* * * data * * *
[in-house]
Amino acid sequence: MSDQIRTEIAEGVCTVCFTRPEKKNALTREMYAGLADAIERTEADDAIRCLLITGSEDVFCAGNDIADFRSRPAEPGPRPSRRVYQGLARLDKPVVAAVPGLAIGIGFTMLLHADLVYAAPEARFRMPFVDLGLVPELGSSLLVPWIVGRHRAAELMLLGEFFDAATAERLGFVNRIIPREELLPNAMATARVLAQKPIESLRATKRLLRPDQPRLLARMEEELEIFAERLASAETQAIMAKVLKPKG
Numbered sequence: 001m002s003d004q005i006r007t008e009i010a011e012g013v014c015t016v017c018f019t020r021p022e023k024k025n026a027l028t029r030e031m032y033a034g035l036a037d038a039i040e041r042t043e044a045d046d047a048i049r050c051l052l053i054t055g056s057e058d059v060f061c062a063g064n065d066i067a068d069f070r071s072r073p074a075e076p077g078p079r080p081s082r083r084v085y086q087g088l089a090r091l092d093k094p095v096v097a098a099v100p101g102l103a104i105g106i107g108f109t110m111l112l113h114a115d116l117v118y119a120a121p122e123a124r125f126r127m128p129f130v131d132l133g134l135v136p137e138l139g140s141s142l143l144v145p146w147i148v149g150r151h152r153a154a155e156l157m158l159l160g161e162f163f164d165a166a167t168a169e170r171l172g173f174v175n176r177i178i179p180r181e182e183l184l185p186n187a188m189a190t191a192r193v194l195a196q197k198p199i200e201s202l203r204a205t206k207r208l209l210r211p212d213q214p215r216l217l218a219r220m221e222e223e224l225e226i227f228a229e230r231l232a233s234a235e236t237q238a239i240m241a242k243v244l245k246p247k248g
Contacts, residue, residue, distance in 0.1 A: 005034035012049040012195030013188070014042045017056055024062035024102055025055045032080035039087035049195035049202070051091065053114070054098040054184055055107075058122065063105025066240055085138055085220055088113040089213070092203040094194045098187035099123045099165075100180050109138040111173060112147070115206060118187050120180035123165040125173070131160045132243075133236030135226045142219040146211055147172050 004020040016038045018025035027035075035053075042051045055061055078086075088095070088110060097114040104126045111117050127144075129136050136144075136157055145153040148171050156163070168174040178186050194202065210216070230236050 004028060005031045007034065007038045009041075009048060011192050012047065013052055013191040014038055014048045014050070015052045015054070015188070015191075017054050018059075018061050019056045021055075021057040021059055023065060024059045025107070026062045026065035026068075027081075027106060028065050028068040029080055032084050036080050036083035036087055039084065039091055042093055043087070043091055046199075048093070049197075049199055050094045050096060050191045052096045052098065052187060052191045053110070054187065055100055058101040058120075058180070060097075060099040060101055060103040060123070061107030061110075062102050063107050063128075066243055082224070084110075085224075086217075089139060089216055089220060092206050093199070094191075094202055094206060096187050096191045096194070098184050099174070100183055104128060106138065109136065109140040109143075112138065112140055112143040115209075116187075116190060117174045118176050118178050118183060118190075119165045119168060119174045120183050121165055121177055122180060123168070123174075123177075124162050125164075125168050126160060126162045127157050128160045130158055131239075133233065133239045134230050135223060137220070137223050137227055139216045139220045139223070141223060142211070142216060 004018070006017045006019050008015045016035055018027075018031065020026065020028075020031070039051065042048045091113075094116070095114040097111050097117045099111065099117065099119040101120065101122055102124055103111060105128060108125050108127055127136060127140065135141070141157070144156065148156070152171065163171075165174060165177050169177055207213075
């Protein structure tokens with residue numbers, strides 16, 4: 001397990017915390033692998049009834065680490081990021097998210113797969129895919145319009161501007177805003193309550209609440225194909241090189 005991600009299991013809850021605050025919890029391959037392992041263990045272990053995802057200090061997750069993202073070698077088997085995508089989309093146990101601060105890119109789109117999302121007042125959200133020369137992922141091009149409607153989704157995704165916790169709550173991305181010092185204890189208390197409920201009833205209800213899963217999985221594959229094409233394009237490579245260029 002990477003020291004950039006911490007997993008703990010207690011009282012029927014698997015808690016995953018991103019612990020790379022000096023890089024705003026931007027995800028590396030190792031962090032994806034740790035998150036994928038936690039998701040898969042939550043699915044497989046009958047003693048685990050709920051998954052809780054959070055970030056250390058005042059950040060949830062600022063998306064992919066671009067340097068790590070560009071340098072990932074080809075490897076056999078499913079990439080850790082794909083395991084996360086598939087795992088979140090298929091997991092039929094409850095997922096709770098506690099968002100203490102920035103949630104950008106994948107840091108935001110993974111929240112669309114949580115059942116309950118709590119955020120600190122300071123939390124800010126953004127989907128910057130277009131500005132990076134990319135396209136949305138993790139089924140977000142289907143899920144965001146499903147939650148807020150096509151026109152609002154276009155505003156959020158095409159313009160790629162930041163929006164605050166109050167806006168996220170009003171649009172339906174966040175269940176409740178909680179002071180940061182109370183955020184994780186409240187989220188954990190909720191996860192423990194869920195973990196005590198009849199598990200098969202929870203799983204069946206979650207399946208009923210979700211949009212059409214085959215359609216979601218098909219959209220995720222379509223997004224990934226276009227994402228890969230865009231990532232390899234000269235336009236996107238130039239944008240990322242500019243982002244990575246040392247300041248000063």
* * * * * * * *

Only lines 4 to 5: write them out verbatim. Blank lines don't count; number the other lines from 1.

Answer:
Contacts, residue, residue, distance in 0.1 A: 005034035012049040012195030013188070014042045017056055024062035024102055025055045032080035039087035049195035049202070051091065053114070054098040054184055055107075058122065063105025066240055085138055085220055088113040089213070092203040094194045098187035099123045099165075100180050109138040111173060112147070115206060118187050120180035123165040125173070131160045132243075133236030135226045142219040146211055147172050 004020040016038045018025035027035075035053075042051045055061055078086075088095070088110060097114040104126045111117050127144075129136050136144075136157055145153040148171050156163070168174040178186050194202065210216070230236050 004028060005031045007034065007038045009041075009048060011192050012047065013052055013191040014038055014048045014050070015052045015054070015188070015191075017054050018059075018061050019056045021055075021057040021059055023065060024059045025107070026062045026065035026068075027081075027106060028065050028068040029080055032084050036080050036083035036087055039084065039091055042093055043087070043091055046199075048093070049197075049199055050094045050096060050191045052096045052098065052187060052191045053110070054187065055100055058101040058120075058180070060097075060099040060101055060103040060123070061107030061110075062102050063107050063128075066243055082224070084110075085224075086217075089139060089216055089220060092206050093199070094191075094202055094206060096187050096191045096194070098184050099174070100183055104128060106138065109136065109140040109143075112138065112140055112143040115209075116187075116190060117174045118176050118178050118183060118190075119165045119168060119174045120183050121165055121177055122180060123168070123174075123177075124162050125164075125168050126160060126162045127157050128160045130158055131239075133233065133239045134230050135223060137220070137223050137227055139216045139220045139223070141223060142211070142216060 004018070006017045006019050008015045016035055018027075018031065020026065020028075020031070039051065042048045091113075094116070095114040097111050097117045099111065099117065099119040101120065101122055102124055103111060105128060108125050108127055127136060127140065135141070141157070144156065148156070152171065163171075165174060165177050169177055207213075
């Protein structure tokens with residue numbers, strides 16, 4: 001397990017915390033692998049009834065680490081990021097998210113797969129895919145319009161501007177805003193309550209609440225194909241090189 005991600009299991013809850021605050025919890029391959037392992041263990045272990053995802057200090061997750069993202073070698077088997085995508089989309093146990101601060105890119109789109117999302121007042125959200133020369137992922141091009149409607153989704157995704165916790169709550173991305181010092185204890189208390197409920201009833205209800213899963217999985221594959229094409233394009237490579245260029 002990477003020291004950039006911490007997993008703990010207690011009282012029927014698997015808690016995953018991103019612990020790379022000096023890089024705003026931007027995800028590396030190792031962090032994806034740790035998150036994928038936690039998701040898969042939550043699915044497989046009958047003693048685990050709920051998954052809780054959070055970030056250390058005042059950040060949830062600022063998306064992919066671009067340097068790590070560009071340098072990932074080809075490897076056999078499913079990439080850790082794909083395991084996360086598939087795992088979140090298929091997991092039929094409850095997922096709770098506690099968002100203490102920035103949630104950008106994948107840091108935001110993974111929240112669309114949580115059942116309950118709590119955020120600190122300071123939390124800010126953004127989907128910057130277009131500005132990076134990319135396209136949305138993790139089924140977000142289907143899920144965001146499903147939650148807020150096509151026109152609002154276009155505003156959020158095409159313009160790629162930041163929006164605050166109050167806006168996220170009003171649009172339906174966040175269940176409740178909680179002071180940061182109370183955020184994780186409240187989220188954990190909720191996860192423990194869920195973990196005590198009849199598990200098969202929870203799983204069946206979650207399946208009923210979700211949009212059409214085959215359609216979601218098909219959209220995720222379509223997004224990934226276009227994402228890969230865009231990532232390899234000269235336009236996107238130039239944008240990322242500019243982002244990575246040392247300041248000063």